One of the ways to ripen green tomatoes off the plant is to put the unripe tomatoes and a ripe banana in a paper bag, several sheets of newspaper, or in a cardboard box, closed in a warm place away from sunlight.

The banana generates ethylene gas, a phytohormone responsible for fruit ripening. That is why green tomatoes will ripen faster. It is advisable to check the paper, replace it if necessary, and replace the banana if it is too ripe.

ripen green tomatoes to ripen off the plant
How to ripen green tomatoes from the plant

How to Harvest San Marzano Tomatoes

I recommend not pulling the tomatoes from the plant to harvest San Marzano tomatoes to avoid damaging them. As not all tomatoes will ripen simultaneously, it is essential not to damage the plant so that it continues to produce tomatoes.

Use scissors or a knife to harvest San Marzano tomatoes. Before using the tools, disinfect them with alcohol to avoid transmitting diseases to the tomato plants. If you harvest a tomato that is still too green, do not worry. Place it in a paper bag for a few days to ripen more.

A San Marzano tomato plant can produce many fruits, but not all of them will be ripe at the same time. It is best to have several tomato plants to be able to get a good number of tomatoes at the same time and to be able to make a lot of sauce or dishes.

San Marzano Tomato Harvest Time

Harvest time for San Marzano tomatoes is approximately 75 to 90 days. This means that if you plant your San Marzano tomato plants in March, you can harvest San Marzano tomatoes in June. I repeat that the ripening days of tomatoes can vary due to climatic conditions and soil nutrients.

How to Store San Marzano Tomato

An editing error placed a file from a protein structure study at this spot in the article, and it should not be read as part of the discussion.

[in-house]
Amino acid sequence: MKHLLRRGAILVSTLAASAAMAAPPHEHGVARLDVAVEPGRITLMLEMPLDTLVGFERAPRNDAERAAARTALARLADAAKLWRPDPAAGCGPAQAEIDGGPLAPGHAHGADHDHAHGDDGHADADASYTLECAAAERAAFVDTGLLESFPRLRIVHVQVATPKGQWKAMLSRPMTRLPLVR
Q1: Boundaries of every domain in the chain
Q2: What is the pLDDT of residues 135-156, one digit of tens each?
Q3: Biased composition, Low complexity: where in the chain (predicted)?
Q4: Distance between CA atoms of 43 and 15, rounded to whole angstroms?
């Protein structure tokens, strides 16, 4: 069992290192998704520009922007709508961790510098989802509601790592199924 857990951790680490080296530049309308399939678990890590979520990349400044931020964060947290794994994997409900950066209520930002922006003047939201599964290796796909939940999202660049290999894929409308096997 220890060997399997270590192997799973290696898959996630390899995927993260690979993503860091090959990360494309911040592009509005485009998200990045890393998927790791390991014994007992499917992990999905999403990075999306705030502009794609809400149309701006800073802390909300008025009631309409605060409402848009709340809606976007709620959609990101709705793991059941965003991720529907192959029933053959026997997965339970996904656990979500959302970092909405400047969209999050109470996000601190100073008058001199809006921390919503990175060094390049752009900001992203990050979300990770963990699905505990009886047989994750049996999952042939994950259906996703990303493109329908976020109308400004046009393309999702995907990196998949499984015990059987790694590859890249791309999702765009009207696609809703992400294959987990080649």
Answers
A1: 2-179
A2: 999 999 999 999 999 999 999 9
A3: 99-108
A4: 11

If you have several San Marzano tomato plants, you can get enough tomatoes to prepare, for example, a sauce. But you can store them if you don’t have enough tomatoes simultaneously.

Wash the tomatoes, chop them, and store them in the freezer. You can prepare soups, stews, or fillings for tacos with these tomatoes. Because the texture is not the same as fresh tomatoes, it is recommended for these types of dishes.

Another way to store San Marzano tomatoes if you have too many is to dehydrate them. Use a dehydrator or dry them in the sun. Personally, I prefer to use the dehydrator. Every year I prepare many dehydrated tomatoes that I use as a snack.

how to store san marzano tomatoes
How to Store San Marzano Tomato? You can store San Marzano tomatoes in different ways, for example by freezing or dehydrating them.

Final Conclusions

Harvesting San Marzano tomatoes is not difficult at all, but you must be careful when picking them not to damage the tomato plant and allow it to continue its production. To learn more about the cultivation of this tomato variety, I recommend you to read our article about growing San Marzano tomatoes.

I hope this article will be of great help and that you can obtain an abundant harvest of San Marzano tomatoes. Remember that you can store your tomatoes in different ways to enjoy them all year round.

About Henry Morgan

Henry Morgan is an agronomist horticulture founder of The Garden Style Company and The Garden Style Website. He previously worked for Mondelēz International as an Agronomist Engineer specializing in agricultural products management in highly populated areas. In 2000, Henry started working with farmer-producers in agricultural businesses selling wholesale fresh produce and retail plants in Van Buren, Arkansas. Nowadays, Henry lives in California, where he offers expert consulting services for organic vegetable gardening. As a science writer working with his wife, Julia, Henry shares his passion for gardening and farming, trying to reach and teach as many folks as possible.